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ALMOST nine out of 10 (89%) of cars leased via Arval on salary sacrifice are now an electric vehicle (EV), an increase from just four out of 10 (39%) two years ago.

Over the same time period, the total number of cars provided using the sustainable mobility specialist’s salary sacrifice scheme, Arval Ignition, has risen by 252%. A figure that includes growth in terms of both existing clients and the creation of new schemes.

Richard Cox, Consultant at Arval UK, said that these rapid changes were being powered by a combination of factors but the most important driver was taxation.

“The single biggest reason behind the rise of the EV-centred salary sacrifice scheme in the last couple of years has been the introduction of zero and very low rate benefit-in-kind taxation rates, meaning that the latest, most advanced and environmentally-friendly cars can be offered to employees at extremely attractive monthly rates.

“In these circumstances, Ignition fits not just the needs of people who would like a company car and do not currently qualify for one, but also often employees who have taken a cash allowance option and are looking for alternative car provision. The level of interest being shown across companies we are working with is very high indeed and shows every sign of growing further as general awareness and acceptance of zero-emission EVs continues.

“What we are seeing emerging is a definite future mobility role for EV-based salary sacrifice as a key element in a wave of new benefits initiatives that are designed to bring innovative options and ideas into play for employees, with only a very limited investment required by their employer.”

Cox said it was notable that, over the past year, employers using and adopting Ignition had been keen to ensure that their programmes weren’t interrupted by the coronavirus crisis, and that negotiations and implementation had continued during successive lockdowns due to the efficacy of the scheme.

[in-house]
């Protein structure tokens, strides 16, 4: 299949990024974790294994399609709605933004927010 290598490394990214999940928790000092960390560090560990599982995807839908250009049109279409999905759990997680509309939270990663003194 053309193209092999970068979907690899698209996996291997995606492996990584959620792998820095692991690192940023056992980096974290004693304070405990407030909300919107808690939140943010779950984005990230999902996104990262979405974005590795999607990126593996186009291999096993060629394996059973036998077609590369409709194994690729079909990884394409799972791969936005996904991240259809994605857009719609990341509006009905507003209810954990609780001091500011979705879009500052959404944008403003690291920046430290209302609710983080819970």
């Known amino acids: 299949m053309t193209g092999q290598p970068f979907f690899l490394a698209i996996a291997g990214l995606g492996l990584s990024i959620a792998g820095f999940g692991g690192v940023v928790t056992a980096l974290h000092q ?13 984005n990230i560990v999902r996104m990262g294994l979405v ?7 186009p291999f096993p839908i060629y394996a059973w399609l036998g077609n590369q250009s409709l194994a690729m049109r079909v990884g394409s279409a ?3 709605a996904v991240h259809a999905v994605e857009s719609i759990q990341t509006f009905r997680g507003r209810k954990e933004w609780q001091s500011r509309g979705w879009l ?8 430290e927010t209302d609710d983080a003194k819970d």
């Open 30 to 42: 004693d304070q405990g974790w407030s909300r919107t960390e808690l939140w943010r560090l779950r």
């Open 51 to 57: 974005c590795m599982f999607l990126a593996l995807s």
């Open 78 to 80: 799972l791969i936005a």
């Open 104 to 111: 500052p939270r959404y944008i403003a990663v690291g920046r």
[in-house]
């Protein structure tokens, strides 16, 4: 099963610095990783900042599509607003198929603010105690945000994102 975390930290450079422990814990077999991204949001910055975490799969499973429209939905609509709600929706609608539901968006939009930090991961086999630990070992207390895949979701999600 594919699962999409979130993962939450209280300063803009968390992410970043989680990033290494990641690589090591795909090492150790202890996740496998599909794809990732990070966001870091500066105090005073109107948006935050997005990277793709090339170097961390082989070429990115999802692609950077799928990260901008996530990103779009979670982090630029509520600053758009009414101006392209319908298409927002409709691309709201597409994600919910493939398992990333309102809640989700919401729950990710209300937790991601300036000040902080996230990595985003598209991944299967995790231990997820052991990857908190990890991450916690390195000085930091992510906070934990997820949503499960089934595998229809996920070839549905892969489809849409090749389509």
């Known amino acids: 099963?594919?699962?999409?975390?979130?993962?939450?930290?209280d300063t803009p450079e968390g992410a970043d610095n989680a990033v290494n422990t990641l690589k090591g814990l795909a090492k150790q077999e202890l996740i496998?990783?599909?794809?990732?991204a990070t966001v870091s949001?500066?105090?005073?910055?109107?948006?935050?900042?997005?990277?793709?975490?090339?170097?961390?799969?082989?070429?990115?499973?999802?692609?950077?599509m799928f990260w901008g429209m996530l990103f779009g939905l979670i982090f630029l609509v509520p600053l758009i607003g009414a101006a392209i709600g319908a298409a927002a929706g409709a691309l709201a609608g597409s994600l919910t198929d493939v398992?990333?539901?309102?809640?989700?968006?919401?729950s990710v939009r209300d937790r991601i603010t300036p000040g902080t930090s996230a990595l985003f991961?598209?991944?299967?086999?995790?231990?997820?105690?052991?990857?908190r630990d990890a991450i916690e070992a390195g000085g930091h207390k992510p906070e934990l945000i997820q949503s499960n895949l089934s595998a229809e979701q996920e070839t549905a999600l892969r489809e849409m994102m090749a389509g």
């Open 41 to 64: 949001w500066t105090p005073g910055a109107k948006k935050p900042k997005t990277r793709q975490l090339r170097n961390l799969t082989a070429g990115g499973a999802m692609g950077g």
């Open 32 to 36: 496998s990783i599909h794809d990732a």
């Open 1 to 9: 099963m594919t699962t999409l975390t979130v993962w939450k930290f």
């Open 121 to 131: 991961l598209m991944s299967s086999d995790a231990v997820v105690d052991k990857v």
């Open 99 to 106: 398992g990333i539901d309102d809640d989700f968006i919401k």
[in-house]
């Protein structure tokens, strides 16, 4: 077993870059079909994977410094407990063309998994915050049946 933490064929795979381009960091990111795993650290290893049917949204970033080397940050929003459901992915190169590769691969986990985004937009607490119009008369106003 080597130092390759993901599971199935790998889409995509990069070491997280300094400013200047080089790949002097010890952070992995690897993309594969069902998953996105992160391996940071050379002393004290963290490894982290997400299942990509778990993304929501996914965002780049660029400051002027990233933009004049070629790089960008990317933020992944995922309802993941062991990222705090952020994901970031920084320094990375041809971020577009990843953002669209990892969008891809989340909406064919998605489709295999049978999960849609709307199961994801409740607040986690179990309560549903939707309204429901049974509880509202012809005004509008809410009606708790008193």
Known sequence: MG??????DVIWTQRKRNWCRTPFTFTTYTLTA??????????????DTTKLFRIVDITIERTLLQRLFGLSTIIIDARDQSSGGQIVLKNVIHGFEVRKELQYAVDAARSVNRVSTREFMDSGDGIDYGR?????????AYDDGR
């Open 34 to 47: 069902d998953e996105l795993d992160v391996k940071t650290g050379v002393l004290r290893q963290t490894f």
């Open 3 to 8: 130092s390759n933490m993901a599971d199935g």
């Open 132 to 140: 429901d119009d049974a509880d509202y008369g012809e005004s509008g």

“To us, this is one of the biggest strengths of salary sacrifice at this point in time – it provides a range of genuine advantages to employers and employees, with no real downsides or compromises, whatever the future brings. We expect that the interest we are currently seeing to continue into the remainder of 2021 and well beyond. While benefit-in-kind rates on EVs remain low, these schemes are extremely viable.”

A number of other pandemic-related factors had emerged that added to the attractiveness of Ignition, Cox said. “Among the most important of these is an ongoing reluctance by employees to use buses and trains for commuting and business trips, with an accompanying desire to instead switch into more environmentally friendly cars. Salary sacrifice is ideal for many people who find themselves in that position.

“Another factor to consider is that there is a strong possibility that this large-scale migration into cars will generate substantial grey fleet growth. Working to bring these drivers under Ignition, rather than them sourcing their own vehicle, represents a very effective solution for employers in these circumstances, enabling them to maintain awareness of the vehicles their employees use.”

He added that the speed with which electrification had taken place on salary sacrifice schemes showed how quickly EV adoption could occur in the right conditions.

“We have seen something similar occur on our own internal fleet. Since the implementation of our new, electrified company car policy in March 2020, the number of EVs driven by our eligible employees has increased rapidly and now accounts for 115 cars out of a total of 199.

“This has a real and measurable effect on our carbon footprint. Across the same time period, average CO2 across our fleet was 78g/km but it has now fallen to 37g/km.”